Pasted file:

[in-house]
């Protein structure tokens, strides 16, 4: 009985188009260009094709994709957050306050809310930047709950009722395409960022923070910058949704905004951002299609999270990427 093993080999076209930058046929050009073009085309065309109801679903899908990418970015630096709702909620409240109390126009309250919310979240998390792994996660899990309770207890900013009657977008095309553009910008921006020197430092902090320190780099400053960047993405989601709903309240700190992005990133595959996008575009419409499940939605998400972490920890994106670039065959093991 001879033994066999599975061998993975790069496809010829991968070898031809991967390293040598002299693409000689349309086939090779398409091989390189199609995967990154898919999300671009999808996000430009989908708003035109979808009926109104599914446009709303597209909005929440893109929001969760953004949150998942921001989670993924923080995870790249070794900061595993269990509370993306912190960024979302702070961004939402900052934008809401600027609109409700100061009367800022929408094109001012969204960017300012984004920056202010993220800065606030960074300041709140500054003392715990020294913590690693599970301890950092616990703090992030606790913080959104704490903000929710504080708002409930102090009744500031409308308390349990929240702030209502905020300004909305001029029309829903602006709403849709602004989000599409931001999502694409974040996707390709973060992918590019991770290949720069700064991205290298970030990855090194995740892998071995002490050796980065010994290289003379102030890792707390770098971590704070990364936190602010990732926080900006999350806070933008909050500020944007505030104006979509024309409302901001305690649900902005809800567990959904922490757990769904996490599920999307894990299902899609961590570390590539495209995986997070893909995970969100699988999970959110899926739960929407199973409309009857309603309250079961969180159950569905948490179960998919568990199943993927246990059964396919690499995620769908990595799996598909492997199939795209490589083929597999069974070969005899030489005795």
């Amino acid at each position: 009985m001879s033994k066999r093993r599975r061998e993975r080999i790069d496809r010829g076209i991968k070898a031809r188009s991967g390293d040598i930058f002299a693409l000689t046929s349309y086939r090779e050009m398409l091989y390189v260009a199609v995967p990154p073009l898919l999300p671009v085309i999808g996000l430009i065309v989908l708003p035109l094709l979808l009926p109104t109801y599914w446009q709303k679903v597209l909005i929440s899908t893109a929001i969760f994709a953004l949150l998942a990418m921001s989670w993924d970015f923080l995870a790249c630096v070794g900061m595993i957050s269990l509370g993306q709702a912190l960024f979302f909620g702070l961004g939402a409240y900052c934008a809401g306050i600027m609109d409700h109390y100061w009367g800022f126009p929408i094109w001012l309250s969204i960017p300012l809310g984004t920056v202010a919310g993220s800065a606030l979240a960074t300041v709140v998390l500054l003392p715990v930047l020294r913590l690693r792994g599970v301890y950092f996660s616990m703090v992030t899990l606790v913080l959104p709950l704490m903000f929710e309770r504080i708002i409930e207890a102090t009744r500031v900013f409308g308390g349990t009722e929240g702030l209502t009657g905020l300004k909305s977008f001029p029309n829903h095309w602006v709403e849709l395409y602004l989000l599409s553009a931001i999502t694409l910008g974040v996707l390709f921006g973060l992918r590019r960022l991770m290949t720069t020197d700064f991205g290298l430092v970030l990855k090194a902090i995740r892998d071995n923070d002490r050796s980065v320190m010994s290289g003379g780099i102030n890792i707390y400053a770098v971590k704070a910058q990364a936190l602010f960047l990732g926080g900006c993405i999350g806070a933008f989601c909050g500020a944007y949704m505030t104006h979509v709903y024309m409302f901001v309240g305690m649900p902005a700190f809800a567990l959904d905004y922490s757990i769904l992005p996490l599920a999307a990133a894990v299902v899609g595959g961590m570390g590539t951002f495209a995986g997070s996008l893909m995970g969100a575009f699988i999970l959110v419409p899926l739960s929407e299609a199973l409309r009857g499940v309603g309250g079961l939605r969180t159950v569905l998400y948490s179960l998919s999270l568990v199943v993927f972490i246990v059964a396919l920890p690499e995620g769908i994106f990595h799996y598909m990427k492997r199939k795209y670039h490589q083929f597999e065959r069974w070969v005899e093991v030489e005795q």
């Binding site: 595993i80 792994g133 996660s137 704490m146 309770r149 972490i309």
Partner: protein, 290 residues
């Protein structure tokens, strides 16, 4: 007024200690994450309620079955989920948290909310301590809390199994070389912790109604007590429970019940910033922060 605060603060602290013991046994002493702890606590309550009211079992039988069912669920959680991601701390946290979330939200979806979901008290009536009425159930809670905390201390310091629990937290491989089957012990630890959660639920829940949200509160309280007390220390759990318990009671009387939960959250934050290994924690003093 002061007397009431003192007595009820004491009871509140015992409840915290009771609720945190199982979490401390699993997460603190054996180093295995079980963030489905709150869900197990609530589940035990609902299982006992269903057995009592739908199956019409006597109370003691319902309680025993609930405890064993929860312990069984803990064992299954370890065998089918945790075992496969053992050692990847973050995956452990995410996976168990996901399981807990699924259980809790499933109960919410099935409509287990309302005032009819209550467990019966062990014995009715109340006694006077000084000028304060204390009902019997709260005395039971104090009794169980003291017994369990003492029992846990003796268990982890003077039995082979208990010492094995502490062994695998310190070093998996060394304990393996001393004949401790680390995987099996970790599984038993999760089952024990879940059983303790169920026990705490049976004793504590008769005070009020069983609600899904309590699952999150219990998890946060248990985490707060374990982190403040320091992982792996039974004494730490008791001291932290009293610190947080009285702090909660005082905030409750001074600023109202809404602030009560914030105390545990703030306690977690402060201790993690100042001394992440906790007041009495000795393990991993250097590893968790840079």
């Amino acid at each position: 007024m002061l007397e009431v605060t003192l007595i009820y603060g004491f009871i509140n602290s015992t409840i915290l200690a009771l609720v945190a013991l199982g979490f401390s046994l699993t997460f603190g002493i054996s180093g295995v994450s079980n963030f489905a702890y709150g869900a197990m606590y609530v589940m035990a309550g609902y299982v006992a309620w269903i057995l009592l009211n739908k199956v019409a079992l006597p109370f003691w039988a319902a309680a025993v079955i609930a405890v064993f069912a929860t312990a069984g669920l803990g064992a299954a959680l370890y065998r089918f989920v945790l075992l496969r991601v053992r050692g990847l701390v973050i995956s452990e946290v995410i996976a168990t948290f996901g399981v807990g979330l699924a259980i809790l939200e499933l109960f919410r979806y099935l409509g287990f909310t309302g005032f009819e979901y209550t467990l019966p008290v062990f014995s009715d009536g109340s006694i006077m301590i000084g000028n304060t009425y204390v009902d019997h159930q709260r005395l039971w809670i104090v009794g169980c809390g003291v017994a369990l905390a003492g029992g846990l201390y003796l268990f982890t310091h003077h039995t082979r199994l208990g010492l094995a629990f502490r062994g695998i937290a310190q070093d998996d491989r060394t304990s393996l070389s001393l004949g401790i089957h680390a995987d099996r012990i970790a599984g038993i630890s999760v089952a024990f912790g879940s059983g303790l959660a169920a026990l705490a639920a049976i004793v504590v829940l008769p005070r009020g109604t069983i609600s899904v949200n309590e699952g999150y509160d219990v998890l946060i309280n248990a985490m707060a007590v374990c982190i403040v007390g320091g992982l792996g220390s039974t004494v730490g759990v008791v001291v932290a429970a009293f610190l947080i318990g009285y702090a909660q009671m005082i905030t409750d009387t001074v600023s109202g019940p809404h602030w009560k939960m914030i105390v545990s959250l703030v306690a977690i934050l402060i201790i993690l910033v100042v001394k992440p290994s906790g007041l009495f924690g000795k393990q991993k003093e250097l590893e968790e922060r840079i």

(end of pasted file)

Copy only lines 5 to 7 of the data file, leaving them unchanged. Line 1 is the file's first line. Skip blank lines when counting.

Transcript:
Partner: protein, 290 residues
């Protein structure tokens, strides 16, 4: 007024200690994450309620079955989920948290909310301590809390199994070389912790109604007590429970019940910033922060 605060603060602290013991046994002493702890606590309550009211079992039988069912669920959680991601701390946290979330939200979806979901008290009536009425159930809670905390201390310091629990937290491989089957012990630890959660639920829940949200509160309280007390220390759990318990009671009387939960959250934050290994924690003093 002061007397009431003192007595009820004491009871509140015992409840915290009771609720945190199982979490401390699993997460603190054996180093295995079980963030489905709150869900197990609530589940035990609902299982006992269903057995009592739908199956019409006597109370003691319902309680025993609930405890064993929860312990069984803990064992299954370890065998089918945790075992496969053992050692990847973050995956452990995410996976168990996901399981807990699924259980809790499933109960919410099935409509287990309302005032009819209550467990019966062990014995009715109340006694006077000084000028304060204390009902019997709260005395039971104090009794169980003291017994369990003492029992846990003796268990982890003077039995082979208990010492094995502490062994695998310190070093998996060394304990393996001393004949401790680390995987099996970790599984038993999760089952024990879940059983303790169920026990705490049976004793504590008769005070009020069983609600899904309590699952999150219990998890946060248990985490707060374990982190403040320091992982792996039974004494730490008791001291932290009293610190947080009285702090909660005082905030409750001074600023109202809404602030009560914030105390545990703030306690977690402060201790993690100042001394992440906790007041009495000795393990991993250097590893968790840079």
């Amino acid at each position: 007024m002061l007397e009431v605060t003192l007595i009820y603060g004491f009871i509140n602290s015992t409840i915290l200690a009771l609720v945190a013991l199982g979490f401390s046994l699993t997460f603190g002493i054996s180093g295995v994450s079980n963030f489905a702890y709150g869900a197990m606590y609530v589940m035990a309550g609902y299982v006992a309620w269903i057995l009592l009211n739908k199956v019409a079992l006597p109370f003691w039988a319902a309680a025993v079955i609930a405890v064993f069912a929860t312990a069984g669920l803990g064992a299954a959680l370890y065998r089918f989920v945790l075992l496969r991601v053992r050692g990847l701390v973050i995956s452990e946290v995410i996976a168990t948290f996901g399981v807990g979330l699924a259980i809790l939200e499933l109960f919410r979806y099935l409509g287990f909310t309302g005032f009819e979901y209550t467990l019966p008290v062990f014995s009715d009536g109340s006694i006077m301590i000084g000028n304060t009425y204390v009902d019997h159930q709260r005395l039971w809670i104090v009794g169980c809390g003291v017994a369990l905390a003492g029992g846990l201390y003796l268990f982890t310091h003077h039995t082979r199994l208990g010492l094995a629990f502490r062994g695998i937290a310190q070093d998996d491989r060394t304990s393996l070389s001393l004949g401790i089957h680390a995987d099996r012990i970790a599984g038993i630890s999760v089952a024990f912790g879940s059983g303790l959660a169920a026990l705490a639920a049976i004793v504590v829940l008769p005070r009020g109604t069983i609600s899904v949200n309590e699952g999150y509160d219990v998890l946060i309280n248990a985490m707060a007590v374990c982190i403040v007390g320091g992982l792996g220390s039974t004494v730490g759990v008791v001291v932290a429970a009293f610190l947080i318990g009285y702090a909660q009671m005082i905030t409750d009387t001074v600023s109202g019940p809404h602030w009560k939960m914030i105390v545990s959250l703030v306690a977690i934050l402060i201790i993690l910033v100042v001394k992440p290994s906790g007041l009495f924690g000795k393990q991993k003093e250097l590893e968790e922060r840079i």